The officers also advance common law fraud and fraud by nondisclosure claims. These claims, like their negligent misrepresentation claim, are premised on the breach of a future promise rather than the misrepresentation or nondisclosure of an existing fact. A fraud claim is duplicative of a breach of contract claim “[i]f the defendant's conduct would give rise to liability only because it breaches the parties' agreement.” Farah, 927 S.W.2d at 674, citing Southwestern Bell Tel. Co. v. DeLanney, 809 S.W.2d 493, 494 (Tex.1991). We look to the substance of the cause of action rather than the manner in which it was pleaded. Jim Walter Homes, Inc. v. Reed, 711 S.W.2d 617, 617 (Tex.1986). Regardless of which cause of action is considered, the claims center exclusively on the City's promise of long term disability benefits and the subsequent denial of those benefits. As such, the claims fall under the purview of Sections 271.152 of the Local Government Code. But Section 271.157 specifies that Subchapter I of Chapter 271 does not waive immunity for negligent or intentional torts. Tex.Loc.Gov't Code Ann. § 271.157.

Because the Legislature's limited waiver of governmental immunity from suit in Chapter 271 does not waive the City's immunity for the officers' claims, and because the proprietary-governmental distinction does not apply in the context of contract-based claims, the City is immune from suit. We overrule the sole point and affirm the trial court's order granting the City's plea to the jurisdiction.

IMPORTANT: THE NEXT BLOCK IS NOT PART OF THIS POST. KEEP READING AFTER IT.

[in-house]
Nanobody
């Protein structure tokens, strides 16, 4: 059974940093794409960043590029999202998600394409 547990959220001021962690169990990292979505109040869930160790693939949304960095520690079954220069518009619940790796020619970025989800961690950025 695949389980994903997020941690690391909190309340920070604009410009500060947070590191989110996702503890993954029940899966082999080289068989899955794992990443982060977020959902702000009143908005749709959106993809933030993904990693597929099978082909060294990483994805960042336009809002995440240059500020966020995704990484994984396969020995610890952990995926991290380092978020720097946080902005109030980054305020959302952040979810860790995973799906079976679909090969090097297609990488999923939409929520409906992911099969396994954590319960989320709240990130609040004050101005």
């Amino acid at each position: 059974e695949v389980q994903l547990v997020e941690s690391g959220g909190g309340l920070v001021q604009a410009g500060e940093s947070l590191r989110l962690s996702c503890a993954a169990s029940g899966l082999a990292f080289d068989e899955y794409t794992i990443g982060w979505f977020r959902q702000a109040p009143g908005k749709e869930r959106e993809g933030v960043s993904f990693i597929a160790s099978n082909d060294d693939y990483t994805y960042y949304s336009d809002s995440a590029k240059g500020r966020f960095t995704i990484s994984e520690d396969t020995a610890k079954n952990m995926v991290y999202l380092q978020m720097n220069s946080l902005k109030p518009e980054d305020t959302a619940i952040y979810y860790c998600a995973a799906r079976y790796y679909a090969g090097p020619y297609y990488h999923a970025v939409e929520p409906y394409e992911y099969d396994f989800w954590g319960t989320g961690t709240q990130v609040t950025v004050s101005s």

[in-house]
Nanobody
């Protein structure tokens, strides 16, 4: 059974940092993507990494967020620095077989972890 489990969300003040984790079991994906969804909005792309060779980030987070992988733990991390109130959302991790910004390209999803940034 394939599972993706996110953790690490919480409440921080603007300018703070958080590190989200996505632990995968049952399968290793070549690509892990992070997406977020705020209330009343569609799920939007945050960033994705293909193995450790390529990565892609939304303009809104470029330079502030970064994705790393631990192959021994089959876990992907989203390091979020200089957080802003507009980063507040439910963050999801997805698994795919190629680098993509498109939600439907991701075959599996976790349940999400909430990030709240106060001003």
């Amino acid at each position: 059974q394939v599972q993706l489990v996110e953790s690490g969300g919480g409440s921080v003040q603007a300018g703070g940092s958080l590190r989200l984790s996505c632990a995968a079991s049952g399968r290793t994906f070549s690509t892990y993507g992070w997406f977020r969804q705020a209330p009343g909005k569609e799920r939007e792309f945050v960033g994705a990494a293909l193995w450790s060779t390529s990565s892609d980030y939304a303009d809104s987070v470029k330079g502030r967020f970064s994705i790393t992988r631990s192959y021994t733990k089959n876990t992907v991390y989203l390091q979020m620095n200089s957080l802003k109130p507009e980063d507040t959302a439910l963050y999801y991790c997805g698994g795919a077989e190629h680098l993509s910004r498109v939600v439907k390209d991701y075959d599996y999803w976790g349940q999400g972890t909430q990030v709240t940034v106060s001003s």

1.  This appeal proceeded on an unaccelerated basis until June 7, 2013, when the City, in a motion seeking a briefing extension, first asserted that it was accelerated pursuant to Section 51.014 of the Texas Civil Practice and Remedies Code. In its brief, the City contends that Gay and Carroll's notice of appeal, filed thirty days after the trial court granted the City's plea to the jurisdiction, was untimely pursuant to Tex.R.App.P. 26.1(b)(requiring notice in an accelerated appeal to be filed within twenty days after judgment or order signed). The City contends that any order granting or denying a governmental unit's plea to the jurisdiction is interlocutory pursuant to Section 51.014(a)(8). See Tex.Civ.Prac. & Rem.Code Ann. § 51.014(a)(8)(West Supp.2013). We disagree. The grant or denial of a governmental plea is interlocutory only if it fails to dispose of all claims or parties before the trial court. Id.; Fox v. Wardy, 318 S.W.3d 449, 452 (Tex.App.-El Paso 2010, pet. denied). The trial court's order disposed of all parties and claims and was thus final. The cases relied upon by the City involved orders leaving parties or issues remaining in the trial court, and are thus inapposite. Denton County v. Huther, 43 S.W.3d 665, 666 (Tex.App.-Fort Worth 2001, no pet.); Allen v. Havens, No. 2–05–318–CV, 2007 WL 805477, at *2 (Tex.App.-Fort Worth 2007, no pet.)(mem.op.); and Payne, et al v. City of Frisco, No. 02–13–00264–CV, 2013 WL 5303584, at * 1 (Tex.App.-Fort Worth 2013, no pet.)(mem.op.). In a supplemental letter of authorities filed on January 8, 2014, the City urges that the Fort Worth court's citation in Payne of a Corpus Christi case, Vallejo v. Cameron Cnty., supports its argument. See Payne, 2013 WL 5303584, at * 1, citing Vallejo v. Cameron Cnty., No. 13–13–00181–CV, 2013 WL 2367992, at *1 (Tex.App.-Corpus Christi May 30, 2013, no pet.)(mem.op.). Although parties in Payne clearly remained before the trial court, the City asserts that Vallejo involved a “dismissal of all claims by all parties .” We reject this argument. First, even if the City is correct about the procedural state of Vallejo, Paynes ' citation of Vallejo does not establish that it is the precedent of the Fort Worth Court of Appeals to treat all orders granting or denying a governmental plea to the jurisdiction as interlocutory, regardless of remaining parties or issues. See id. Further, it is not clear that Vallejo indeed stemmed from an order dismissing all claims and parties. While the Vallejo opinion notes that the trial court “dismissed the cause,” it does not elaborate about the state of all parties or issues before the trial court. Vallejo, 2013 WL 2367992, at *1. Additionally, the appellant in Vallejo failed to respond to the appellate court's notice that the appeal “appeared” to be interlocutory and thus untimely filed. Id.